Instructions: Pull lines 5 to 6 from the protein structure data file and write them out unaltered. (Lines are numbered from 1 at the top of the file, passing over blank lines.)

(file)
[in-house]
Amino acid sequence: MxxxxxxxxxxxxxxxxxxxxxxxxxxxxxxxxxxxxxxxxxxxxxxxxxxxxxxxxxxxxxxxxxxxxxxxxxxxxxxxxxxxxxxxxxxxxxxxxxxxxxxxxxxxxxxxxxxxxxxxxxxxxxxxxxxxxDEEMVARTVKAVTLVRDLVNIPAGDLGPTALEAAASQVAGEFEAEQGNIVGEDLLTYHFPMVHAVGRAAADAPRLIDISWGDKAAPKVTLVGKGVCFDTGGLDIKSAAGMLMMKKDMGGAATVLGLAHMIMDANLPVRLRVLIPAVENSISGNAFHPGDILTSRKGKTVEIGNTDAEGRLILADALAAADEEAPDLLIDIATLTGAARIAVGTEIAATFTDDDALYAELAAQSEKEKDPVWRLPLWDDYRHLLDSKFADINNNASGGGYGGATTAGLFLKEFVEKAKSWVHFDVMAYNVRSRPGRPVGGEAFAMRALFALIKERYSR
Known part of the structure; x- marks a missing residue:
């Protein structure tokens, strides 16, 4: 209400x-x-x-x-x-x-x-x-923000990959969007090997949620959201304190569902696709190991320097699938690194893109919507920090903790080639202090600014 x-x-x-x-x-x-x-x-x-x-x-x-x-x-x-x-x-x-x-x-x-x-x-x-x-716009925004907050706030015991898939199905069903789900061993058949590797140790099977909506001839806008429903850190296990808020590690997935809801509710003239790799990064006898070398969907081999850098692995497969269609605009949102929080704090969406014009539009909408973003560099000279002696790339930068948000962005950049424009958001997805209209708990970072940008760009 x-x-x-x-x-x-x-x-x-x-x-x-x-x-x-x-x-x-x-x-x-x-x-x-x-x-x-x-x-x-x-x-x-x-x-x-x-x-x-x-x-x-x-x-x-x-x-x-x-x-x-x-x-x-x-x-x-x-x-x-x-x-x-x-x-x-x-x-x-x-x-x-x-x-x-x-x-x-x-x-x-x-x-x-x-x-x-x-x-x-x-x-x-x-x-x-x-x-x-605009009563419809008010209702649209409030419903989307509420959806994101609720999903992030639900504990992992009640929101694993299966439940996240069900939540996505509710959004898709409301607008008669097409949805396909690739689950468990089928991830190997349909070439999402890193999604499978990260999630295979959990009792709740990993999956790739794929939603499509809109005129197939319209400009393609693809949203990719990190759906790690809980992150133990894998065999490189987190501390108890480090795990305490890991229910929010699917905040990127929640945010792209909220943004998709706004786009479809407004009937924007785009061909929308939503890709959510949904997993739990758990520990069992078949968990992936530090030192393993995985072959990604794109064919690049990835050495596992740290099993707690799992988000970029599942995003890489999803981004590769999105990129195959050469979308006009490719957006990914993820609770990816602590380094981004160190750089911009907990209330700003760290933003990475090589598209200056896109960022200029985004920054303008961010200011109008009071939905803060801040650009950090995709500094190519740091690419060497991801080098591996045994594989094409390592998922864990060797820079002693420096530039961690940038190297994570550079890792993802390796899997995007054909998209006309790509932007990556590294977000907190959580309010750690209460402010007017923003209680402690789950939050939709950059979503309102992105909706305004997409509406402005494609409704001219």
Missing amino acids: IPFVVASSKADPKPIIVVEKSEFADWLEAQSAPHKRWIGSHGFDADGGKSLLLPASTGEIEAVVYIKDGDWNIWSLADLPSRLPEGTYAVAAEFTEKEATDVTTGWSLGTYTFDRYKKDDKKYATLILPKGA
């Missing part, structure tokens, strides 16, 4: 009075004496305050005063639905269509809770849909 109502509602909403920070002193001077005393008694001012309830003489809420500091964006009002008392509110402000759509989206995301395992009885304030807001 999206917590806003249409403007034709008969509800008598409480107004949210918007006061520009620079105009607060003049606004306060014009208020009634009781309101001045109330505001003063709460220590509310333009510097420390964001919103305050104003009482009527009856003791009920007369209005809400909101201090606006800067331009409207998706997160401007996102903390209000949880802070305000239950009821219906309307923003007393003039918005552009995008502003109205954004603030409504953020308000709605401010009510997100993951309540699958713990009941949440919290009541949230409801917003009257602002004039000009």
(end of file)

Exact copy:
Missing amino acids: IPFVVASSKADPKPIIVVEKSEFADWLEAQSAPHKRWIGSHGFDADGGKSLLLPASTGEIEAVVYIKDGDWNIWSLADLPSRLPEGTYAVAAEFTEKEATDVTTGWSLGTYTFDRYKKDDKKYATLILPKGA
């Missing part, structure tokens, strides 16, 4: 009075004496305050005063639905269509809770849909 109502509602909403920070002193001077005393008694001012309830003489809420500091964006009002008392509110402000759509989206995301395992009885304030807001 999206917590806003249409403007034709008969509800008598409480107004949210918007006061520009620079105009607060003049606004306060014009208020009634009781309101001045109330505001003063709460220590509310333009510097420390964001919103305050104003009482009527009856003791009920007369209005809400909101201090606006800067331009409207998706997160401007996102903390209000949880802070305000239950009821219906309307923003007393003039918005552009995008502003109205954004603030409504953020308000709605401010009510997100993951309540699958713990009941949440919290009541949230409801917003009257602002004039000009």